Dawn Reader

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from Open Door Coffee Co.; Hudson, OH; Oct. 26, 2016

Sunday, May 20, 2012

Baking Bread

Sunday morning, I bake bread.

This has been a routine for many years--decades, now--a weekend routine I originally developed because, well, I had a job during the week--insufficient hours then to mix-let rise-shape-let rise-bake-cool-EAT.  It's part of my week now, a routine I will greatly miss when time's winged chariot hurries too near and invites me aboard--not an invitation one can generally ignore, or decline.

I got to thinking about bread-baking recently when I was reading The Weird Sisters, the 2011 Eleanor Brown novel.  The story concerns three adult (young) daughters of an English professor in a small Ohio college.  All three have issues (see: title); all three try to find ways to create a life that will make sense to them.  (One of the things I loved about the novel: The father taught his children to quote Shakespeare in all sorts of quotidian situations--from taking a walk to fixing dinner.  I got ticked off when I didn't recognize the quotation!  Childish, I know.)

Anyway, one of the sisters finds peace in bread-baking.  And here's one of the quotations I liked:

"There is nothing not beautiful about bread.  The way it grows, from tiny grains, from bowls on the counter, from yeast blooming in a measuring cup like swampy islands.  The way it fills a room, a house, a building, with its inimitable smells at every stage of the process.  The way it swells, submits to a firmly applied fist and contracts, swells again; the way it stretches and expands upon kneading, the warm, supple feel of it against skin.  The sight of a warm roll on a table, the taste--sweet, sour, yeasty on the tongue" (286).

On Saturday night, I feed my sourdough starter (which has been with me since the summer of 1986): three cups flour, 2 cups warm water.  Cover.  Let stand all night in draft-free place.  Over the years, I've used flour from a number of places that mean something to me.  Lanterman Mill in Youngstown--my great-grandfather, Warren A. Lanterman, was related to the Lantermans who ran the mill in ... Mill Creek Park.  The mill in Garrettsville.  Three miles from Hiram, where I went to school and college, where my wife, until a week ago, adorned the faculty.  Garrettsville--where my mother was a stellar English teacher for ten years.  Where my little brother, Davi (no one calls him that now), graduated from James A. Garfield High School.  I've mixed in flour from Washington state--near when my father grew up.  I want to get some from West Virginia, where my great-grandfather grew up in a family of millers in Braxton County, where he, for a time, was sheriff, and where--much to my horror--I discovered that some Dyers, direct ancestors, had owned slaves.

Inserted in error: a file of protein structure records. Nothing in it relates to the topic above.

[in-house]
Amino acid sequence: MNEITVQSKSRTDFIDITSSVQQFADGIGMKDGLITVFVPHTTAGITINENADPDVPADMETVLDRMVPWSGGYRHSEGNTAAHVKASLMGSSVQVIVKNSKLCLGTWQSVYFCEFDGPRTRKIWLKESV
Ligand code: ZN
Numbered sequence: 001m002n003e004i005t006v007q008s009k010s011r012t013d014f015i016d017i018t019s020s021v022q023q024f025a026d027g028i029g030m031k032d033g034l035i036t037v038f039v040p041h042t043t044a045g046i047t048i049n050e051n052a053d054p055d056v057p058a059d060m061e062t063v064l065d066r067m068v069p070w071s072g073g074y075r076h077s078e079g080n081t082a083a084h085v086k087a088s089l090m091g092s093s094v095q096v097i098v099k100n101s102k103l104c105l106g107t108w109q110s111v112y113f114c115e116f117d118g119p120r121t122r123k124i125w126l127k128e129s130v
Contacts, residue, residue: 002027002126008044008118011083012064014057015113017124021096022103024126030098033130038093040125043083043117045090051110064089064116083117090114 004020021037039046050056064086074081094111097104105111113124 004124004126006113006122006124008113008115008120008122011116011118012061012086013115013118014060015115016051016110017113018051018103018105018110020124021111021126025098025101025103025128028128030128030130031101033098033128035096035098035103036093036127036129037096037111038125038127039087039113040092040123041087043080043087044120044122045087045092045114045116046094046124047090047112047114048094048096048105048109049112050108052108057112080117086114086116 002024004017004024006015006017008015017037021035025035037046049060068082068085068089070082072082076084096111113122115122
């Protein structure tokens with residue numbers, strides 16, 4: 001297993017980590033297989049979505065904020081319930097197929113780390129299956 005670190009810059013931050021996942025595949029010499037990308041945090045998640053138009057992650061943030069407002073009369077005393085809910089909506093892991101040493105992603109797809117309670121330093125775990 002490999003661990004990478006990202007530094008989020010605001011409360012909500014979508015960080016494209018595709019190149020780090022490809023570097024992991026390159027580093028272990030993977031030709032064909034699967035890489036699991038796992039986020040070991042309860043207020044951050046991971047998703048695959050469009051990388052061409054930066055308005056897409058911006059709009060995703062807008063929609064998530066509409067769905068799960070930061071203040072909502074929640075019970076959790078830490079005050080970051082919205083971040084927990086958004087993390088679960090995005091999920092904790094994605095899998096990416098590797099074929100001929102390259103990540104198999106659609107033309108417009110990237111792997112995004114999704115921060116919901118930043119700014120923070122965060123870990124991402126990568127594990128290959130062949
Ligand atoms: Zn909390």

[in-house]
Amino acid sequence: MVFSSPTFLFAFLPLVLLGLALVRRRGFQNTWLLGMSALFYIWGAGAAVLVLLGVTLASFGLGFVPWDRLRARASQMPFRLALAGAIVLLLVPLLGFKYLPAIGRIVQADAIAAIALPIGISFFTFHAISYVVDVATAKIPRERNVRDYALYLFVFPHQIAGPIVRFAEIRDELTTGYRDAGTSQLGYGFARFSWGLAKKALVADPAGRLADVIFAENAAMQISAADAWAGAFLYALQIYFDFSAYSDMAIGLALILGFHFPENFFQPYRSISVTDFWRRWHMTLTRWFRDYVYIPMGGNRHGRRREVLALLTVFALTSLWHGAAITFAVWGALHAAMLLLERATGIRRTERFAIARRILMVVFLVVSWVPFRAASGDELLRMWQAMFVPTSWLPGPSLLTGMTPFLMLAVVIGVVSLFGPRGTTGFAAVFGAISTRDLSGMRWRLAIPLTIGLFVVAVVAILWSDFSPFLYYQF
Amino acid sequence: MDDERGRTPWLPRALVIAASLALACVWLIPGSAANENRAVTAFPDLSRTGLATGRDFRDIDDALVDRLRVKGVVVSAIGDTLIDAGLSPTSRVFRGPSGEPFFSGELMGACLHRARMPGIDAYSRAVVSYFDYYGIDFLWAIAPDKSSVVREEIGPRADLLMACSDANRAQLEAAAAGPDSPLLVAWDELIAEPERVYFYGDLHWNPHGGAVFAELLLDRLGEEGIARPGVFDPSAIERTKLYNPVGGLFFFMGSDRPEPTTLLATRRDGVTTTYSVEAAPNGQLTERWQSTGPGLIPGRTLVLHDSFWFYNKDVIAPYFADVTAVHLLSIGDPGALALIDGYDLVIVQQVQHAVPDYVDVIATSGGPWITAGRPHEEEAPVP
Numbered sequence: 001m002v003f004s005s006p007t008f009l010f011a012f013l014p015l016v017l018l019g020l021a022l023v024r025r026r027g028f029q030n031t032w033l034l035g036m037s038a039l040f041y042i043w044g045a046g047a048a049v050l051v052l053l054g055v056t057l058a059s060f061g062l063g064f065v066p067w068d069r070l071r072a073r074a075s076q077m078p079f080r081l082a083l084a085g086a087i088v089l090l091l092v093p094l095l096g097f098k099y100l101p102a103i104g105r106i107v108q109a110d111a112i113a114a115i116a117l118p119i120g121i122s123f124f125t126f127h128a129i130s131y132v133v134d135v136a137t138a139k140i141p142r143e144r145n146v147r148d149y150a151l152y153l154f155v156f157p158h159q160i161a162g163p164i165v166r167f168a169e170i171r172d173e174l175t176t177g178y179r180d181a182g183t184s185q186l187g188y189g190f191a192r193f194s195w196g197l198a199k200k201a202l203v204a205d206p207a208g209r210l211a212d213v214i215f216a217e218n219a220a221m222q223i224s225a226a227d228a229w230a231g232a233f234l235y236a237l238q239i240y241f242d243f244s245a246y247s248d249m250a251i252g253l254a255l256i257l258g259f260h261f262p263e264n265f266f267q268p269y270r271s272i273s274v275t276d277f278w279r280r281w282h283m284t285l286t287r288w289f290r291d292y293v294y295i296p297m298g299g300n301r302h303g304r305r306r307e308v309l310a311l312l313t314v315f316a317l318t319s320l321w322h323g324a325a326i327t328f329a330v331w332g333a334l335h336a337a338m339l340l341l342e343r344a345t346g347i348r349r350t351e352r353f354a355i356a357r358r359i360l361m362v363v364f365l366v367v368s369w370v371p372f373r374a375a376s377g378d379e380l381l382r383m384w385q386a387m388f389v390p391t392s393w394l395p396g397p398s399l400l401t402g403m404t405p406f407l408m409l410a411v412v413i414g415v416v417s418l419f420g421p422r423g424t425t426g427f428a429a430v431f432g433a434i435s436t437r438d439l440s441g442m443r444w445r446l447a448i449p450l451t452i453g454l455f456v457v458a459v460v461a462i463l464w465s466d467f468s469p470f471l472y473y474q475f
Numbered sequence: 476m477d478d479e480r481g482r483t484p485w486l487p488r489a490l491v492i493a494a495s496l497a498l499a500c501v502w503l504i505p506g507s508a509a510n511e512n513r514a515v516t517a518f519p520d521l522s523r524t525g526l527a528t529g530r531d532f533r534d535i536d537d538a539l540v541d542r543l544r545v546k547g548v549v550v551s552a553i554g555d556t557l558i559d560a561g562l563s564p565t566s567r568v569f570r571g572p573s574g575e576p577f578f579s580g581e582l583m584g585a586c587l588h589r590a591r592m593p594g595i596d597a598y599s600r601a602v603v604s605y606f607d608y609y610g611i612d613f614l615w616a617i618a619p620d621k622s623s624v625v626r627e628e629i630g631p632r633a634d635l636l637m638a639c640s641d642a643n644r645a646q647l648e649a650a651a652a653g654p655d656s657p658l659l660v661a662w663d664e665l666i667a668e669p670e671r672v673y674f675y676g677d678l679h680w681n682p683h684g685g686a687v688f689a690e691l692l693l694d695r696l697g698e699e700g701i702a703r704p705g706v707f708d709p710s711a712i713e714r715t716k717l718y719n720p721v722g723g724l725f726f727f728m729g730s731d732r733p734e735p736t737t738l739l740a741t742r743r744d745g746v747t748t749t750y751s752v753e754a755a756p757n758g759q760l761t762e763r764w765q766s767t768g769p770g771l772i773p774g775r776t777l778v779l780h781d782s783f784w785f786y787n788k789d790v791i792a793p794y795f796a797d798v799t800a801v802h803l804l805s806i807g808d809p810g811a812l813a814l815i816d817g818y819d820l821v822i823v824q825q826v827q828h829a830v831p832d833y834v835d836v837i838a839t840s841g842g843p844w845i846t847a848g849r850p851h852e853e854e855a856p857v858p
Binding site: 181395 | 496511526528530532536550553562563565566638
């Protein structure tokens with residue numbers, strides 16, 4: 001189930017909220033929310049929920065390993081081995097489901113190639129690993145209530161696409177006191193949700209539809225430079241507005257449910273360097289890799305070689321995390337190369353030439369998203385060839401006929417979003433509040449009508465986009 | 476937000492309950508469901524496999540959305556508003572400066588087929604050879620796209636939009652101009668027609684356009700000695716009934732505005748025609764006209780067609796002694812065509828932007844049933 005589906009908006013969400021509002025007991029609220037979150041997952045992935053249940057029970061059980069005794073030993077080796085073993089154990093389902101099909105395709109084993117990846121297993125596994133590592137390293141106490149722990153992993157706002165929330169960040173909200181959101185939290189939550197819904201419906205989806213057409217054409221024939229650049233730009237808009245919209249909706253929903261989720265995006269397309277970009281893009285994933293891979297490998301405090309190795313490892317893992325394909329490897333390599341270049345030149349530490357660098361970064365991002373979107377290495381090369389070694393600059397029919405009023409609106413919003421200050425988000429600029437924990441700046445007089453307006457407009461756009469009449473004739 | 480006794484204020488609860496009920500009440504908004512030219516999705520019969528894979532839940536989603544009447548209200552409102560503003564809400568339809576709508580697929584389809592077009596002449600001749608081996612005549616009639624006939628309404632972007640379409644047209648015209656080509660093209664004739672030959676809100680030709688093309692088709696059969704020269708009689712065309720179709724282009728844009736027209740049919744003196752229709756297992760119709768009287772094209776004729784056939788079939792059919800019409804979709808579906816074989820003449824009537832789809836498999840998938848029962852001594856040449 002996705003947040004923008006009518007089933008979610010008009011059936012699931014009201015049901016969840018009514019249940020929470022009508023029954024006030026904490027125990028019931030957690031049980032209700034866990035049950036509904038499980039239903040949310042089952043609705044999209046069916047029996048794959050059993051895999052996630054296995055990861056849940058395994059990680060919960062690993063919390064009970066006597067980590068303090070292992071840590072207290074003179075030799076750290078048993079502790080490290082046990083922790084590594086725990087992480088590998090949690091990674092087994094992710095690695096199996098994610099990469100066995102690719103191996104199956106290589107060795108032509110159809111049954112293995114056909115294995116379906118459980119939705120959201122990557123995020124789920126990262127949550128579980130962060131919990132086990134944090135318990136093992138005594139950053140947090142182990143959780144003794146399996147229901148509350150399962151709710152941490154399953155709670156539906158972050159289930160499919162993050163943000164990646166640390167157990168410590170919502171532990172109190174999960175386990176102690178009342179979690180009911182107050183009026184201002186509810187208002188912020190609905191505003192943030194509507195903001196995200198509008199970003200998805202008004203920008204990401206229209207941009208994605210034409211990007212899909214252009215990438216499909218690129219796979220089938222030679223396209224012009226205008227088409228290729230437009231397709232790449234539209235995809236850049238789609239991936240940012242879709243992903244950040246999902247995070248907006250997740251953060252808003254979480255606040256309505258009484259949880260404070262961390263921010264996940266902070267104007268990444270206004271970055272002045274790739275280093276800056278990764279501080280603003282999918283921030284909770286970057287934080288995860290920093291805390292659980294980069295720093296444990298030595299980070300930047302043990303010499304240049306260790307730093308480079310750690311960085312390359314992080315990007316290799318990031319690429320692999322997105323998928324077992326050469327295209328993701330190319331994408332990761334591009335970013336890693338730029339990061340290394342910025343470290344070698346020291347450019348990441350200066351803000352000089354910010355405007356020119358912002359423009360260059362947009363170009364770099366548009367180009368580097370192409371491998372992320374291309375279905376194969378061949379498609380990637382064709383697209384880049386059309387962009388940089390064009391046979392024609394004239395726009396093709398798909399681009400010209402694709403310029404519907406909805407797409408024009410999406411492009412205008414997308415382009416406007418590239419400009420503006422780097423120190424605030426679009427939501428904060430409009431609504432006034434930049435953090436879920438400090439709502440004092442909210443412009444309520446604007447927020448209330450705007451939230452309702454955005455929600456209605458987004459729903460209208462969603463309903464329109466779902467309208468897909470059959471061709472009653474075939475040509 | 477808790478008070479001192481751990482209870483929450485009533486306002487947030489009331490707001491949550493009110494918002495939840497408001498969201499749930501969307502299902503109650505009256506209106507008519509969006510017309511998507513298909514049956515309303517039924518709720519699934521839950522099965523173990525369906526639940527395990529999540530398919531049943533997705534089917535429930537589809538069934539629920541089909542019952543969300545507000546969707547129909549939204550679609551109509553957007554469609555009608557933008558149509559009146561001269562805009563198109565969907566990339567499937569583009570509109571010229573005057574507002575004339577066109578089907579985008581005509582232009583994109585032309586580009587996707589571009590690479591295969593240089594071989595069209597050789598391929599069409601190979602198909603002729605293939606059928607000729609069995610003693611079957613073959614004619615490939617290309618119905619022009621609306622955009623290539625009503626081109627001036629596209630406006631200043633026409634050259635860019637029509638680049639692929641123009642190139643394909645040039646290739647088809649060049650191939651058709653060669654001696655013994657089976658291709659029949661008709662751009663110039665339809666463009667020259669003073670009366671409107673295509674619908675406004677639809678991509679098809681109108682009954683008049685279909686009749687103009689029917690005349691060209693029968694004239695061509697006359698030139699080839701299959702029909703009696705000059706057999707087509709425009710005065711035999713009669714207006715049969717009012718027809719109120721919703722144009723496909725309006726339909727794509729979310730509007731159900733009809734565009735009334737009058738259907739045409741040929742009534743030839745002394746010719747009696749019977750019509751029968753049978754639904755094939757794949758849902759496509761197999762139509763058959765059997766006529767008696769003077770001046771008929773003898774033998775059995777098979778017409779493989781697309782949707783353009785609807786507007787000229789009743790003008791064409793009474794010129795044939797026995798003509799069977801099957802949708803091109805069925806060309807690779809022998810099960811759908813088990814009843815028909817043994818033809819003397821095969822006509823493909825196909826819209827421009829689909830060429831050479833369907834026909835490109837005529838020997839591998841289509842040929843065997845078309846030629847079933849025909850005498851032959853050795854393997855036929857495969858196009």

bread rising: 20 May 2012
On Sunday morning, about 7:30, I return two cups of the starter to its crockery home in the fridge, then mix the remaining dough--all cholesterol-free ingredients these days.  Unbleached white flour.  Some oat flour.  Some whole wheat.  (On some ambitious Sundays I add a dozen other flours, too, and some flax seeds.) Knead, knead, knead until it's so elastic I could make a raincoat of it.  Then--in a covered crockery bowl it lies, warming, growing, waiting for some further abuse in a couple of hours (longer in the winter).  I throw it out onto the bread board when it's doubled.  The books all say to punch it down; I don't.  How can I punch a child of mine?  Besides, when it hits the board, it sighs, collapses.  Submits.

Usually, I make two loaves--a round loaf, a traditional sandwich bread loaf.  But I'll make rolls, too.  A long loaf now and then.  The round loaf sits in an earthenware baking bowl; the other, in a Pyrex dish (I like to watch the sides brown while it's baking).  Once again: warming, rising, readying.  Anywhere from one-and-a-half to two-and-a-half hours.  Depends on some things I understand, some things I don't.  Just like everything else.

Carson with a sourdough wad.
And then--pop into the preheated oven!  And enjoy the smell the rest of the day.  Out to cool on wooden racks that Joyce bought for me in Appalachia somewhere.  Cool and bag and store and eat all week.

My grandsons (7 and 3) love the round loaf: They pick off handfuls from it, wad them in their happy faces, their chubby cheeks swollen like a squirrel's.

I eat a piece every lunch, every dinner.  Joyce likes it best right out of the oven--who doesn't?  Her cheeks puff like a grandson's.

We haven't bought bread in probably forty years.  The baking began as a financial necessity (impecunious public school teacher and grad student); now it's a psychological--no, a spiritual one.

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